Microsoft committed a crime against chronology the other day by rechristening Windows 9 as Windows 10. It’s a nice, round number for an OS all-rounder – the platform intended to unite big business, tile converts and the Windows 7 faithful.
It’ll launch with DirectX 12 – and Microsoft’s dev team have already rolled out some “treats for game developers”.
The DirectX team are currently working with early testers on the Windows 10 technical preview released this week.
“The final version of Windows 10 will ship with DirectX 12,” they wrote, “and we think it’s going to be awesome.”
The latest version of Unreal 4 Engine already supports DirectX 12 – and game developers involved in Microsoft’s early access program are starting to play around with it.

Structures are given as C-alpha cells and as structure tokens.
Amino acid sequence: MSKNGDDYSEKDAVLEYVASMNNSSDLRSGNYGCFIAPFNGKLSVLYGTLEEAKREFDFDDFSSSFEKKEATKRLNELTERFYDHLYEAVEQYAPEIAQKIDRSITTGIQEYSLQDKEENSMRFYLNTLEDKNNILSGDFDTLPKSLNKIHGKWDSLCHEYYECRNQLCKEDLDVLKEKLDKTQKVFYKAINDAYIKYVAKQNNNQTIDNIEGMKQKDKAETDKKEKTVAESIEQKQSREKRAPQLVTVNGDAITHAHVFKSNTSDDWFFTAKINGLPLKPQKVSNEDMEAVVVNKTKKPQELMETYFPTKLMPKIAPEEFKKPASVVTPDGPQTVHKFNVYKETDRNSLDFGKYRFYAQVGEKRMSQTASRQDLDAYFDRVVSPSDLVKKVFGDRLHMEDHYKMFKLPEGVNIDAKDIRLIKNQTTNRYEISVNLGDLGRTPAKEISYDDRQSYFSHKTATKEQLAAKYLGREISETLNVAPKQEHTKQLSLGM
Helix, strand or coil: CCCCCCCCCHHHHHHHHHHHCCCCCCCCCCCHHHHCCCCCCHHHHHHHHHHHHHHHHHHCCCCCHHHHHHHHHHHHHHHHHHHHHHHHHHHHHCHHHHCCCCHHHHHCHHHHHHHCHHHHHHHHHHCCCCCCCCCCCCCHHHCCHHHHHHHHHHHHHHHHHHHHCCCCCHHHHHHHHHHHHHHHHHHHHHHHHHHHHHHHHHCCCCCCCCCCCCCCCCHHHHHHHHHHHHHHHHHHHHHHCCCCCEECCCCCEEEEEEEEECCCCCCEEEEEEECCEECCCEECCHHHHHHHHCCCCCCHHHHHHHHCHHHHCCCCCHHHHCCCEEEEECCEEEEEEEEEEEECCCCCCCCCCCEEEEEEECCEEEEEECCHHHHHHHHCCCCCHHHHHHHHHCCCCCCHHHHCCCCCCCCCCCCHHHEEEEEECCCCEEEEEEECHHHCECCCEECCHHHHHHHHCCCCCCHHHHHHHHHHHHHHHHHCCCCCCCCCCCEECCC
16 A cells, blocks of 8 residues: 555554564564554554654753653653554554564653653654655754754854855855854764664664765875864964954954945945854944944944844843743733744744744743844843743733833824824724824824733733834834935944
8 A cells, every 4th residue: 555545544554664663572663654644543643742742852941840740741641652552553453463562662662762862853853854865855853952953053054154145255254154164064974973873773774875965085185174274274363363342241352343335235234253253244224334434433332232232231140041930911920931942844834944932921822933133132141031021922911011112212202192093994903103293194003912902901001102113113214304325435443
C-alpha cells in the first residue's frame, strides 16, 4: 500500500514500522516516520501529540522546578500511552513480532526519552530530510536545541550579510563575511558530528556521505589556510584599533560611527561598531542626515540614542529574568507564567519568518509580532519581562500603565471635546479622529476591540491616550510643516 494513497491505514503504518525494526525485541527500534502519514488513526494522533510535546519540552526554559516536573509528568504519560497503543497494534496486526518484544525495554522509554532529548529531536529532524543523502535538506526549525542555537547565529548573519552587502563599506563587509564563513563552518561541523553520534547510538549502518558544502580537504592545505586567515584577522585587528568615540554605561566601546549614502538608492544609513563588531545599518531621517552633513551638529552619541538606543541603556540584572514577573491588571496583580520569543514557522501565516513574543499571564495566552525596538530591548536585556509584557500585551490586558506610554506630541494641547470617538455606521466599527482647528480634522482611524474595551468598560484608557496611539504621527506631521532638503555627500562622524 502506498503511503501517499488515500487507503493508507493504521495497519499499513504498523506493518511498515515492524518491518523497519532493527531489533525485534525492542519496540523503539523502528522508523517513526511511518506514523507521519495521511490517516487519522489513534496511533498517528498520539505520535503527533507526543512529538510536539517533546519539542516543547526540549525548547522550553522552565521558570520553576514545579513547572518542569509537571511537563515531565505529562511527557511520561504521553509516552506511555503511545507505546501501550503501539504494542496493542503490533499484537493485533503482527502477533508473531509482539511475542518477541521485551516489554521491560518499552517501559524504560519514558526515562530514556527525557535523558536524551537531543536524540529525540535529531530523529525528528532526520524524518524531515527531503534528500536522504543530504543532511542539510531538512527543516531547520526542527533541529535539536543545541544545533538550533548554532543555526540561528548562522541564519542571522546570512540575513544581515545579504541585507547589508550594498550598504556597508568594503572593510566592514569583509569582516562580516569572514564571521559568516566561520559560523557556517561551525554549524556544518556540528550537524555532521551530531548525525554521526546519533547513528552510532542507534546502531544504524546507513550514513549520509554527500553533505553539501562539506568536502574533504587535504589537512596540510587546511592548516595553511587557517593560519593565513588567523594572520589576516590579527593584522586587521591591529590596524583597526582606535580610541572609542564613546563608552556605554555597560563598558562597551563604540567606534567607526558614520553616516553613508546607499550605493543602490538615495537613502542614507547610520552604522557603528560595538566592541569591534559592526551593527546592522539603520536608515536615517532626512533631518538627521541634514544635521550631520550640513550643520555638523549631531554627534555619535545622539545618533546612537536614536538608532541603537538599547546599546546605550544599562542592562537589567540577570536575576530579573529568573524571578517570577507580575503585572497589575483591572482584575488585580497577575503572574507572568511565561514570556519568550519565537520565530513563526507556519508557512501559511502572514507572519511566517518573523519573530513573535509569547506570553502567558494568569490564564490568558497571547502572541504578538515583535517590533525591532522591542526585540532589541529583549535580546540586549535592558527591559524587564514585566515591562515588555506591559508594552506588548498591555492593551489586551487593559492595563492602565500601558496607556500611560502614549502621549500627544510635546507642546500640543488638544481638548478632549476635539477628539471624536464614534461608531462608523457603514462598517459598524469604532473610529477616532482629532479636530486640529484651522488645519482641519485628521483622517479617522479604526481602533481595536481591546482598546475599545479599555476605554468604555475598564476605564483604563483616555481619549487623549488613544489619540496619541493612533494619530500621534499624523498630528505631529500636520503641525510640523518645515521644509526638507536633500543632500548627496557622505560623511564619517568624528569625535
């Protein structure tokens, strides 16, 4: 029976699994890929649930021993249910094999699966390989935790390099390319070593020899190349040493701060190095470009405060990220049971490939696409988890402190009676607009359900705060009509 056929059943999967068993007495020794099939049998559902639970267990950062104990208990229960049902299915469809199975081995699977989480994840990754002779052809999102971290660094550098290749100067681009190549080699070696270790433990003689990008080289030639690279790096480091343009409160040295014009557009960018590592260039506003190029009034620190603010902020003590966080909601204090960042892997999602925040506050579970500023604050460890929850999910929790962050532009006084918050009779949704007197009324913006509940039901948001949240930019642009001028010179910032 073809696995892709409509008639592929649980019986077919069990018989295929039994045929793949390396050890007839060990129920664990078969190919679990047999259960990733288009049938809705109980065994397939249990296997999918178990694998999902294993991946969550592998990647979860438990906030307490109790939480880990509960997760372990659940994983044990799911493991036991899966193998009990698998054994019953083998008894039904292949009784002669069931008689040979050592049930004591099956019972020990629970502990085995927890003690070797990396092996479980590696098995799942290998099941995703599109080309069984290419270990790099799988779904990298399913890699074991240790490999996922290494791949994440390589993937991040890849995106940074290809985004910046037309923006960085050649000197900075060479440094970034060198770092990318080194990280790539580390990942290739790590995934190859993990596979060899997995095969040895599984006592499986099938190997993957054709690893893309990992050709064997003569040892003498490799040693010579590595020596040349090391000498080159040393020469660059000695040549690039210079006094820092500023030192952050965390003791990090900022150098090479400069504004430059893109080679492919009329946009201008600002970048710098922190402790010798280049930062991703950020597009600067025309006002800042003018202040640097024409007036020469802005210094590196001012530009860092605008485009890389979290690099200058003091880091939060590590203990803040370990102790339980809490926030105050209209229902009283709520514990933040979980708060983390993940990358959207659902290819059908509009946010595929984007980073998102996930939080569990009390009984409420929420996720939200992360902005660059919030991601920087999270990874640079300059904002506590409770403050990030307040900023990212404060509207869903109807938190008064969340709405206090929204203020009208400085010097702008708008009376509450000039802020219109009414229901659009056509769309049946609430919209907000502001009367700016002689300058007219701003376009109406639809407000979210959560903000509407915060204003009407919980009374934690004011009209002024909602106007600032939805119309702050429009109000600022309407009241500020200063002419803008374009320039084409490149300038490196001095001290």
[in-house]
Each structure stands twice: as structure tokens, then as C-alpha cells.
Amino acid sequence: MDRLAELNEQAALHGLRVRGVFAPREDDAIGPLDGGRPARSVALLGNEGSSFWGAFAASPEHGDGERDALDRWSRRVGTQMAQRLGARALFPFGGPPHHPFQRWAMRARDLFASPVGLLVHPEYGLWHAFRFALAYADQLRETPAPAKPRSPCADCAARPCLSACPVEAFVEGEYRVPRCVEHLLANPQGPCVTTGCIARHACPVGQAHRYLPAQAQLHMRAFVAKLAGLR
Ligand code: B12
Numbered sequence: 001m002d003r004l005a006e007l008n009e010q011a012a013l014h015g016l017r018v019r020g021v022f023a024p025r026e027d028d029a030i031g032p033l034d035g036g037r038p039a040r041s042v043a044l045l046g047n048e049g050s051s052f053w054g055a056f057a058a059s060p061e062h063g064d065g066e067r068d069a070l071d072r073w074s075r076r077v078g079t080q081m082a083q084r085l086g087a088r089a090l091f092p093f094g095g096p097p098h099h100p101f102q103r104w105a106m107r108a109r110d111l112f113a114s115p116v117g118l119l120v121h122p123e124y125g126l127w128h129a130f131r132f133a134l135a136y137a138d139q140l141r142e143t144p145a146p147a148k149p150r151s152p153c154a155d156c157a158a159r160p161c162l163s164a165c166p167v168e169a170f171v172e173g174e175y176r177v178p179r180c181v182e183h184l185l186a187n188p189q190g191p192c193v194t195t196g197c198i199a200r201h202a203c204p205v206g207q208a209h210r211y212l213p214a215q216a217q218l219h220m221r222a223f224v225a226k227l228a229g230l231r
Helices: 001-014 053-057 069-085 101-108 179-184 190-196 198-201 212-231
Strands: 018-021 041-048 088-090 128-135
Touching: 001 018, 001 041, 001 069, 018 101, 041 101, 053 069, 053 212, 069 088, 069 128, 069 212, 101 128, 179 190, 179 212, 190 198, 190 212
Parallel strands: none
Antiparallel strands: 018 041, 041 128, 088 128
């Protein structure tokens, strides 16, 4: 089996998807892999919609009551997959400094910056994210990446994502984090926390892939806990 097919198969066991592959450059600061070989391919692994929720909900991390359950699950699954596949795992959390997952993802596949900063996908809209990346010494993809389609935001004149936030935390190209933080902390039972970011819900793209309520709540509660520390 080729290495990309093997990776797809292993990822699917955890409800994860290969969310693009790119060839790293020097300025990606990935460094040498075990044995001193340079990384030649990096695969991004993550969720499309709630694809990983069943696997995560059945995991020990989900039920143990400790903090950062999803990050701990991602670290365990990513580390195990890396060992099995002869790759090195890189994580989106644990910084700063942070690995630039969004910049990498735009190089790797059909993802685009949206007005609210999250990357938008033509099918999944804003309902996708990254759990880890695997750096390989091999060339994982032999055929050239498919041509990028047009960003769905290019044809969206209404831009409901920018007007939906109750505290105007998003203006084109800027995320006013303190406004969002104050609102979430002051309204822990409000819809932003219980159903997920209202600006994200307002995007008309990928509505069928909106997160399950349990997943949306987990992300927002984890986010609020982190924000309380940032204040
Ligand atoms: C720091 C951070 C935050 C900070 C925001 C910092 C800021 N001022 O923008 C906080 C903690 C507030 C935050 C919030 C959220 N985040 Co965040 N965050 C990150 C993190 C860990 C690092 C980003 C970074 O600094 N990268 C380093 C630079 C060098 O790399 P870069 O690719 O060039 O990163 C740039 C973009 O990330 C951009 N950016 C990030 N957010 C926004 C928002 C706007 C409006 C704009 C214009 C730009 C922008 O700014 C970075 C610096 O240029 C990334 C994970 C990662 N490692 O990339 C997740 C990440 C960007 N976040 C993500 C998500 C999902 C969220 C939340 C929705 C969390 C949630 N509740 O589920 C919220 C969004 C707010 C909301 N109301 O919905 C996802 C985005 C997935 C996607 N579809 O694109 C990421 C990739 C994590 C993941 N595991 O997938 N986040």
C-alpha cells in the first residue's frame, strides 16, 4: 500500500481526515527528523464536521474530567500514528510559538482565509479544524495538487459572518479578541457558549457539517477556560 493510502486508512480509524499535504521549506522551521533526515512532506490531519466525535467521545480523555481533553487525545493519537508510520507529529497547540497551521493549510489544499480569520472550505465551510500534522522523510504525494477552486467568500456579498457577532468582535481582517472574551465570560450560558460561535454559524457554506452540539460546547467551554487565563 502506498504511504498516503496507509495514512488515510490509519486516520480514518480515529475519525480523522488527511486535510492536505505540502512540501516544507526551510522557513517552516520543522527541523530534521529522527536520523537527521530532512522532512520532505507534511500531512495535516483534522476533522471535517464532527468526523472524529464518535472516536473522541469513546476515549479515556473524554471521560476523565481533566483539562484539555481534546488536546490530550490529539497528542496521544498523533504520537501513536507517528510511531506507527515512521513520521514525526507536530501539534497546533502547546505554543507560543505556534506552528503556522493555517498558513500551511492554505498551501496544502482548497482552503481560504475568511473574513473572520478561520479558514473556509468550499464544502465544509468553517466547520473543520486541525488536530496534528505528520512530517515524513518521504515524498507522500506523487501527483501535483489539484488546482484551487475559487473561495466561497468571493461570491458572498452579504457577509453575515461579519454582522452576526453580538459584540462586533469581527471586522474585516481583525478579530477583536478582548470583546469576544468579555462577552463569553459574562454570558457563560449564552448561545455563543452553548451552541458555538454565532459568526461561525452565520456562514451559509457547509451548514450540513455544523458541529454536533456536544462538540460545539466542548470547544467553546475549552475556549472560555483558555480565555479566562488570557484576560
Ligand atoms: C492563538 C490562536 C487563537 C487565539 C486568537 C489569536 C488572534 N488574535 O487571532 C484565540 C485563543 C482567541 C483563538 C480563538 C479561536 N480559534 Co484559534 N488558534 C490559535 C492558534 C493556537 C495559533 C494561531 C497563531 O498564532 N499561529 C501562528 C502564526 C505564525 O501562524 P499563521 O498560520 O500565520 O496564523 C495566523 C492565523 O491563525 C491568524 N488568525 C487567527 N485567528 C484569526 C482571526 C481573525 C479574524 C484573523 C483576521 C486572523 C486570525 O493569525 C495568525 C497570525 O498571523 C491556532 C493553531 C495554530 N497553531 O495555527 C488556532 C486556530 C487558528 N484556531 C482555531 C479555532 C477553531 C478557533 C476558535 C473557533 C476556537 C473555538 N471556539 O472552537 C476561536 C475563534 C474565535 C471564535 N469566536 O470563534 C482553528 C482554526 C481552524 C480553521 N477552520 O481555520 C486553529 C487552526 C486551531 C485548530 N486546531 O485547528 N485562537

“In the comments section of our last blog post, several of you asked about support for other graphics vendors,” said the DirectX dev team. “We have great working relationships with all graphics vendors and you can expect to see a continual showcase of their progress.”
Intel, for one, have optimised their driver for DirectX 12, and have shown off performance and power saving improvements in a specially-made Asteroids demo. That’s also available for developers to tinker with in early access.
Intel have previously called DirectX 12 the “most significant leap in Windows Graphics in many years”. The image above, incidentally, is a screenshot from an Intel Haswell graphics DX12 machine running UE4.4’s Landscape Mountains demo.
In short, DirectX 12 is going to be standard from the moment Windows 10 launches in late 2015 – and game devs and graphics manufacturers alike are already poking at it to see what makes it tick. Good news, yeah?